An additional strength of this instrument is that the latent concept of quality of life measured is not specific to health-related issues. As such, it can be used to compare patients with psychosis to patients suffering from other types of mental illnesses, or to the general population. For these reasons, the MANSA offers an advantage compared to the more extensive and health-oriented quality of life instruments such as the WHO-QoL-bref [7] or the SF-36 [8]. Despite its extensive use, the factorial structure of the MANSA has not been established using rigorous statistical methods. A question remains as to whether the different MANSA items assess a unidimensional general appraisal of quality of life and life satisfaction [9], or if the MANSA assesses distinct latent constructs [10].

Previous attempts were made to answer this question, but they were based on incomplete versions of this instrument. Priebe et al. [11] examined psychometric properties of the DIALOG, a therapeutic intervention that includes eight out of the twelve MANSA SQoL items. Based on a sample of 271 patients, their aim was to test the feasibility of using the data extracted from the intervention as a valid SQoL patient report and thus the exploration of the complete MANSA structure was beyond their scope. Similarly, Eklund and Bäckström [12] measured the properties of only nine out of the twelve MANSA items as a part of an examination of SQoL determinants, using a sample of 161 patients. Both studies identified a two-factor structure of the MANSA. However, these studies would not provide useful information with regard to the factorial structure of the entire MANSA SQoL instrument, as in addition to not including all of the items, they were based on small and local samples and they did not perform a confirmatory factor analysis (CFA).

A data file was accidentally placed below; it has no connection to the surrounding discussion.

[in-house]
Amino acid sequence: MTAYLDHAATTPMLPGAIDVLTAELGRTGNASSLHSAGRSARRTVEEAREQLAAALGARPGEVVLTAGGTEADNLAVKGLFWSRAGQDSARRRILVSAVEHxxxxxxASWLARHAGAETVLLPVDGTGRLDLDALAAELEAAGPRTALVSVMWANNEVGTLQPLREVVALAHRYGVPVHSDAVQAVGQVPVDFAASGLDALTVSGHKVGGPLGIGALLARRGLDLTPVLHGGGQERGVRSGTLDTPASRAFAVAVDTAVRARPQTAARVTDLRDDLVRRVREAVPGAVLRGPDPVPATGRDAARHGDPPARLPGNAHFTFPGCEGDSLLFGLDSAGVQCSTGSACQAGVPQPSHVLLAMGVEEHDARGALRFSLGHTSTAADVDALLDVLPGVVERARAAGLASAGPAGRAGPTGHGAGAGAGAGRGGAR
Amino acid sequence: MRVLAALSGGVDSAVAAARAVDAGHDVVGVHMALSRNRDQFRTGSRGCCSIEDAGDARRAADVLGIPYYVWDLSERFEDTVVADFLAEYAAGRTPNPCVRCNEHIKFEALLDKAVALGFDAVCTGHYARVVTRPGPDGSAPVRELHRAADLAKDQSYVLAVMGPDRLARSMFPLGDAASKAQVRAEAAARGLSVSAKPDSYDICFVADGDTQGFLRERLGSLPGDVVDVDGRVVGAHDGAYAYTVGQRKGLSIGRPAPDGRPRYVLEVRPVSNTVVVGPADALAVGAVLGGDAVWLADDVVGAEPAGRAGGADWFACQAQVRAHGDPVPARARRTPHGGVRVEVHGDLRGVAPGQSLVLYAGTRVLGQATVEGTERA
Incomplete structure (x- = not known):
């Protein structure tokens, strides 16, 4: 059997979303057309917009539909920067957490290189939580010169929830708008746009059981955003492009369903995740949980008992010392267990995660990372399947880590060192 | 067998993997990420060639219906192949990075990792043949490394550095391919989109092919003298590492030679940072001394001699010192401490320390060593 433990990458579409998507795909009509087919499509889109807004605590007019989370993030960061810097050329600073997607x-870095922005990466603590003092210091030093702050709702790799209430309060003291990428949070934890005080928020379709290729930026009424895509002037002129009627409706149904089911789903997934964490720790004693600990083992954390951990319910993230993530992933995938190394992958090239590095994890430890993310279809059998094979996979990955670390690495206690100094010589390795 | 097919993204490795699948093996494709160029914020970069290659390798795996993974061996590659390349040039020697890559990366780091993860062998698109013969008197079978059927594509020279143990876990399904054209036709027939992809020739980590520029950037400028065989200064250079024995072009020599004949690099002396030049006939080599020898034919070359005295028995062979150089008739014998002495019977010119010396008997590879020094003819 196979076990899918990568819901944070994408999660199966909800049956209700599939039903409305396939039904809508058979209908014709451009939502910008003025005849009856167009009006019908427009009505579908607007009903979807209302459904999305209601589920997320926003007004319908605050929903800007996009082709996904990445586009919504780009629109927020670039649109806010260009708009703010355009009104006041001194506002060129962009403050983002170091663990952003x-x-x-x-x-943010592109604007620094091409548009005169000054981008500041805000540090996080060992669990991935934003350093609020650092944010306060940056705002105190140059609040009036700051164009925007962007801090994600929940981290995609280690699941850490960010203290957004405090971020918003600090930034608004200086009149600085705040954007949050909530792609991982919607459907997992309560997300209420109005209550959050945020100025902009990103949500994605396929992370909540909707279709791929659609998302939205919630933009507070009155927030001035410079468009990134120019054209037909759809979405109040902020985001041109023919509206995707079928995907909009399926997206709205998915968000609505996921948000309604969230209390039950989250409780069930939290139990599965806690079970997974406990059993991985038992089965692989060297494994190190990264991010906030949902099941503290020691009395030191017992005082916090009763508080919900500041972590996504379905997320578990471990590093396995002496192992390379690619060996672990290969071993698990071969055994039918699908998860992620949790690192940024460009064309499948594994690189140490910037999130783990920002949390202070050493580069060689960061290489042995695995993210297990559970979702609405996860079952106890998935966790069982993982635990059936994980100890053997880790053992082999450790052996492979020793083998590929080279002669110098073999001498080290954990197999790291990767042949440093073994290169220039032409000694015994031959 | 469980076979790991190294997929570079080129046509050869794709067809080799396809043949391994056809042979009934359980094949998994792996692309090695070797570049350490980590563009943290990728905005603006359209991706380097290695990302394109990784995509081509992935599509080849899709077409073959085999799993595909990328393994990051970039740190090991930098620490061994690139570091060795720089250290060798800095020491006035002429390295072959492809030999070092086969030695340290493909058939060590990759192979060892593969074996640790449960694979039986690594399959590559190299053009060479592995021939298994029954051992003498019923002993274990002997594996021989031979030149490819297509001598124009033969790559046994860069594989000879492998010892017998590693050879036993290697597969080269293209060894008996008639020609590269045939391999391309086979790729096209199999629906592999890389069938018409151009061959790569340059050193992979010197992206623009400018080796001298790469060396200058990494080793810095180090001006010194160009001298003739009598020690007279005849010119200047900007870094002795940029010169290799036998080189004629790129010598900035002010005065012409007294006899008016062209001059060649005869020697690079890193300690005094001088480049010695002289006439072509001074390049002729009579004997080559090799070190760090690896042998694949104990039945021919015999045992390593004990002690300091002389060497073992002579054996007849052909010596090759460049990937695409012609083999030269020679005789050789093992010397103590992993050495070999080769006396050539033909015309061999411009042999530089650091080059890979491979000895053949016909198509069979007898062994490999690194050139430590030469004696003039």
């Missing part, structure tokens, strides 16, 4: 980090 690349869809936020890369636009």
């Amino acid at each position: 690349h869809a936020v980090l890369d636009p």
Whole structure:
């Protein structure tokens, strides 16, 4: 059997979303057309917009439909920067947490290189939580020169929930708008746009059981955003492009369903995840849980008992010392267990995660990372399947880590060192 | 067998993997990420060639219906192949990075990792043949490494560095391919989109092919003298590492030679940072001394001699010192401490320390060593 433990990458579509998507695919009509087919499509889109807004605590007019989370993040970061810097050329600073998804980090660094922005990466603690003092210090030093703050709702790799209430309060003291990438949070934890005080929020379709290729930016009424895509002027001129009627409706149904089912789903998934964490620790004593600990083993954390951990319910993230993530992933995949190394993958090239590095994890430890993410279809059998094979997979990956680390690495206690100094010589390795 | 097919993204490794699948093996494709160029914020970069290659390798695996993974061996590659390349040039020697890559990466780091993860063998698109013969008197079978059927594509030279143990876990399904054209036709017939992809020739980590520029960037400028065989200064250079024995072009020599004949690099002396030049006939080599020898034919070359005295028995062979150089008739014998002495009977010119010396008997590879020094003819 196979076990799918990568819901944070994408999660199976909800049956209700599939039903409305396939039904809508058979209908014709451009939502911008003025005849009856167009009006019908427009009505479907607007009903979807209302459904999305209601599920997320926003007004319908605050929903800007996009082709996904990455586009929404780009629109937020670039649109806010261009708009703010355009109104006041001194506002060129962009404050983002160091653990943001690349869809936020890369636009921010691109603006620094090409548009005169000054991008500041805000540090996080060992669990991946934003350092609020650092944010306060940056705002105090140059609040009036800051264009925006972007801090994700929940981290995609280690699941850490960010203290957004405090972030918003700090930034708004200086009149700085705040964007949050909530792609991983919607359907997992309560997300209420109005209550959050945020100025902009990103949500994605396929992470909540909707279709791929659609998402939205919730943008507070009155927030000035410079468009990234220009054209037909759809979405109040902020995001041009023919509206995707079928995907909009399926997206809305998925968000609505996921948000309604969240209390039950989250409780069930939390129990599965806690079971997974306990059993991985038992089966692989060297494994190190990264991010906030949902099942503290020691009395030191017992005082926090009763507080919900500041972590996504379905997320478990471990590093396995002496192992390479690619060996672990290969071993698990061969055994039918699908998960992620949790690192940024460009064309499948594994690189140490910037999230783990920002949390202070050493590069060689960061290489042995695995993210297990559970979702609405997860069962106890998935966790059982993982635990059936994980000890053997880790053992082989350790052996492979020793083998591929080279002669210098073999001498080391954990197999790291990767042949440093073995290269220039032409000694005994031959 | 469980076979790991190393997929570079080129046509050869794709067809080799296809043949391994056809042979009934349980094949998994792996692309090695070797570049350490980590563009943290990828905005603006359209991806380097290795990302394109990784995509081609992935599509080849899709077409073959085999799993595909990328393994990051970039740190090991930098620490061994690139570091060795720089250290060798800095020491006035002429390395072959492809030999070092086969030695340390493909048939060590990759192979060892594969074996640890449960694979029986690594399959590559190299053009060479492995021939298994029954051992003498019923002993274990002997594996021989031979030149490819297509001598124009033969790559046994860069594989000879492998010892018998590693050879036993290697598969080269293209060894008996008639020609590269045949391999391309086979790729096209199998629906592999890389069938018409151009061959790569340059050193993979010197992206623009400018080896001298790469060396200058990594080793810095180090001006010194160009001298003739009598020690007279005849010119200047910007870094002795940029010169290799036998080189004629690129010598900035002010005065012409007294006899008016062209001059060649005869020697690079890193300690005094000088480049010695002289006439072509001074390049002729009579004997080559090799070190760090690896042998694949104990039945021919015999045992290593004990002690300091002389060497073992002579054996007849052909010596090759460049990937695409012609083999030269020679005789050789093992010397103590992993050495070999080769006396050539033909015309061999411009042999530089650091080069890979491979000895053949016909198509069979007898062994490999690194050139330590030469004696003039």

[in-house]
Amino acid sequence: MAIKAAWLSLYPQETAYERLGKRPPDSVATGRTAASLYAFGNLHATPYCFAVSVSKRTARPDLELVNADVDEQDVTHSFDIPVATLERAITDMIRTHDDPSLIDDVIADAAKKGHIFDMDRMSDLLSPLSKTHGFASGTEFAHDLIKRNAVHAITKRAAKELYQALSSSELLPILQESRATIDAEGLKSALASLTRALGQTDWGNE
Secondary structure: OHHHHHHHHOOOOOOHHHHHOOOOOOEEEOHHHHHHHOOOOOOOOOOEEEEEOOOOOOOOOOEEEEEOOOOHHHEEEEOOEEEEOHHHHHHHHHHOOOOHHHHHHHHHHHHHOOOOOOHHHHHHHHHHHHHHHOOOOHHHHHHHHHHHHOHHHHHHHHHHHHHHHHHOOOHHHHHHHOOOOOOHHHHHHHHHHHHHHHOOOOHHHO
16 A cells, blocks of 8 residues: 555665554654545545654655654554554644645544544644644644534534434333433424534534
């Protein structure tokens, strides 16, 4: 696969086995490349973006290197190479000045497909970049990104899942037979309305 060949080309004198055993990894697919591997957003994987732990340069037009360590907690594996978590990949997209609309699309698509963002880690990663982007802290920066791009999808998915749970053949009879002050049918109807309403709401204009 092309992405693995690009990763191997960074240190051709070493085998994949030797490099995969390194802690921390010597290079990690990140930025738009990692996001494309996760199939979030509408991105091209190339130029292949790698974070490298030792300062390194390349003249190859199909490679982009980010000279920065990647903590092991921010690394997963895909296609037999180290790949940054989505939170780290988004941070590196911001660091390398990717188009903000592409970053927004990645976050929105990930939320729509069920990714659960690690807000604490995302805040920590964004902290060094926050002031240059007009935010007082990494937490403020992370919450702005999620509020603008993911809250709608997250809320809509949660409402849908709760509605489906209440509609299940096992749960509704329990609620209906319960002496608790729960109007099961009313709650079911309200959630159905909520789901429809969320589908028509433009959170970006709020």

When validating an instrument, most analyses have the significant disadvantage of exploring and testing the model in only one sample. A proper methodology requires calibrating and validating the model in two different samples/sets. To address the above issues, a rigorous and systematic examination of the MANSA is required, including both an exploratory factor analysis (EFA) to develop a factorial model and a CFA to validate the findings in a different sample. Such systematic examination will allow us to provide recommendations for an accurate use of the instrument in clinical practice and research.

Materials and methods

Procedure